It can easily be argued that the White Stripes were the greatest traditional rock ‘n’ roll band of the 2000s, if not the greatest overall pop band of the decade. The fact that the White Stripes were able to overcome decade-spanning cynicism among the indie classes and gossip-obsessed mainstream coverage was a testament to the Stripes’ ability to produce fantastic recorded work along with a scintillating live show. Under Great White Northern Lights shows both sides of the band’s moxie, documenting the band’s already legendary performances with a live album and documentary. The latter examines how the White Stripes’ approach to music — as well as their relationship with fans, the press, and the world at large — allowed the band to survive an otherwise exceedingly turbulent decade for superstar musicians.
In the live album, we hear the band’s remarkable ability to regularly provide a fresh take on its recorded work. Jack and Meg White could make otherwise giant songs like “Fell in Love With a Girl” sound intimate just as easily as they could make a nuanced crooner like “Little Ghost” resonate with an arena-sized crowd. Jack White’s energy night in and night out was virtually unrivaled by any live performer this decade. If his absolute dedication to keeping things organic (no set lists), produced sometimes inconsistent vocals and guitar work, it nonetheless made each concert a worthy experience. On Under Great White Northern Lights, his vocals fall apart on “Blue Orchid” and his guitars stutter during “The Union Forever,” but on an up-tempo “Ball and Biscuit,” he nails the guitar solo in a way he utterly failed to do in his previous concert DVD, Under Blackpool Lights. This particular set happened to coincide with the band’s peak loud-rock phase, bagpipes and all, following the release of Icky Thump.
The album provides remarkable insight into the live process of the White Stripes, but the real gem here is the documentary, which is of the band’s 2007 tour through the bowels of Canada, the last tour the band would go on before Meg’s anxiety put the White Stripes on as-of-now indefinite hiatus. The documentary thankfully eschews talking heads fawning over the band’s merits, instead giving Jack and Meg a long-overdue chance to explain their approach. (Jack says the look of the band was planned upon the White Stripes’ conception in 1997, but that the band’s music is by definition an organically driven process.) Jack’s temper got him into trouble early in the decade, but by 2007, the only strains of resentment that flash in Jack’s face are whenever the media gets involved.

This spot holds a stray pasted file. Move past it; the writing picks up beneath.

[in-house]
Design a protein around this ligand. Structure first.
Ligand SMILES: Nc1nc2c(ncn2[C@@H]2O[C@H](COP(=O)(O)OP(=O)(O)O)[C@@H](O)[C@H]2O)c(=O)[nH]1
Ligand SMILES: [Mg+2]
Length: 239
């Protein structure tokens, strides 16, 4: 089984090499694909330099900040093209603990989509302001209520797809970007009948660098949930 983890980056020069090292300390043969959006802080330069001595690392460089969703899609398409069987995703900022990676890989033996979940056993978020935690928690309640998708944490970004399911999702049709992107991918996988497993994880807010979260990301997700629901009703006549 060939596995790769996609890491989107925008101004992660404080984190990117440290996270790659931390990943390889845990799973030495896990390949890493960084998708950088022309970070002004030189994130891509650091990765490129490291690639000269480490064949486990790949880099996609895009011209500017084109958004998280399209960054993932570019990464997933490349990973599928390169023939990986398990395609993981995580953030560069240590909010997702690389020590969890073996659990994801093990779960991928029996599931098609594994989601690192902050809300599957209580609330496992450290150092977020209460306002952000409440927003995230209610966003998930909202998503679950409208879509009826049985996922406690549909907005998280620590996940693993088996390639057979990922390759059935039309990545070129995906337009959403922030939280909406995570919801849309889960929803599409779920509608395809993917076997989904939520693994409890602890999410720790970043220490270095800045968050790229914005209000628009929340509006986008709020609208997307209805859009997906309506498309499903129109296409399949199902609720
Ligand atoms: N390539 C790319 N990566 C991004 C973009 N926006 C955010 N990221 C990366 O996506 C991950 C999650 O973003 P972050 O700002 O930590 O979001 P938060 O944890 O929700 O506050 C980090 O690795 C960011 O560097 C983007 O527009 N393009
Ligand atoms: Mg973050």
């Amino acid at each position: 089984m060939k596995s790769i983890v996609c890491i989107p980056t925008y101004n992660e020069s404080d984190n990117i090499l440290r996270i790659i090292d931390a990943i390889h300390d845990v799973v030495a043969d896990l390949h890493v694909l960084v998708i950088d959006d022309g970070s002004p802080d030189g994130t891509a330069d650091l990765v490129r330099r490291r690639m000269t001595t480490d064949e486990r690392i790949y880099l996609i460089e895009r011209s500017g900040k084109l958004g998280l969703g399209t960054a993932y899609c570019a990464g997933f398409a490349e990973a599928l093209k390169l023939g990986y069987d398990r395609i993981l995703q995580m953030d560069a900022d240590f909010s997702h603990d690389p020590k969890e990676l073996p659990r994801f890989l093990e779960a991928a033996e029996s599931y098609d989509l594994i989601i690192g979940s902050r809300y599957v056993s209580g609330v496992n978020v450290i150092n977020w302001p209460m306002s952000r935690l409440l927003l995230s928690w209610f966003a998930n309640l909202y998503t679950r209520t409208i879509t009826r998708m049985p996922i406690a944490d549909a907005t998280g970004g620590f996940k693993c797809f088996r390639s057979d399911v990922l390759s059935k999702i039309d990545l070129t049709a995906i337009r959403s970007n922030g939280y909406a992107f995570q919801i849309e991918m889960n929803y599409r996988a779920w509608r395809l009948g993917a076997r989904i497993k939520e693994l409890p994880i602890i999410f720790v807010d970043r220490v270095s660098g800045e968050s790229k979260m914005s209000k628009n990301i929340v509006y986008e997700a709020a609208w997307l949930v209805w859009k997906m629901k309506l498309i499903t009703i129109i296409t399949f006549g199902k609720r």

The documentary also traces the band’s attempts to perform mini-concerts before their headlining spots in each town they visit. These concerts are occasionally inspired but mostly hilarious (such as a Thelonius Monk-esque one note concert). But perhaps the greatest aspect of the documentary is its ability to show a nuanced portrait of the dynamic between Jack and Meg. Despite Jack’s devoted sensitivity to his ex-wife, he’s a hopeless alpha male, dominating conversation, constantly speaking for Meg, leaving her with a perpetual sarcastic glare. And yet, the chemistry between the two is undeniable — a piano duet to Get Behind Me Satan‘s “White Moon” brings Meg to tears and displays that the connection goes beyond would-be-sibling love. If not for the music press’s tendency to gossip monger, it wouldn’t be a stretch to speculate whether Jack’s remarriage, and the birth of Jack’s second child toward the end of the Canadian tour, played into the anxiety that would ultimately end the collaboration.
Nonetheless, the fact that the White Stripes were able to stay so relatively private was one of the luxuries provided by the music industry’s collapse. It was only the band’s work ethic and devotion to regular recording and performance that kept the band going, and the resulting body of work is staggering. While the White Stripes arose with the Strokes and the Hives as one of the first of countless NME-backed bands charged with saving guitar rock last decade, Jack and Meg by far had the most consistent and varied career of any of these artists, winning over critics just as quickly as they did MTV, arena crowds, and the charts. When Jack White joined Jimmy Page, the Edge, and Keith Richards in the recent documentaries Shine a Light and It Might Get Loud, it was easy to compare his respective merits. Under Great White Northern Lights is a perfect explanation of the band’s significance to doubters, now and in the future.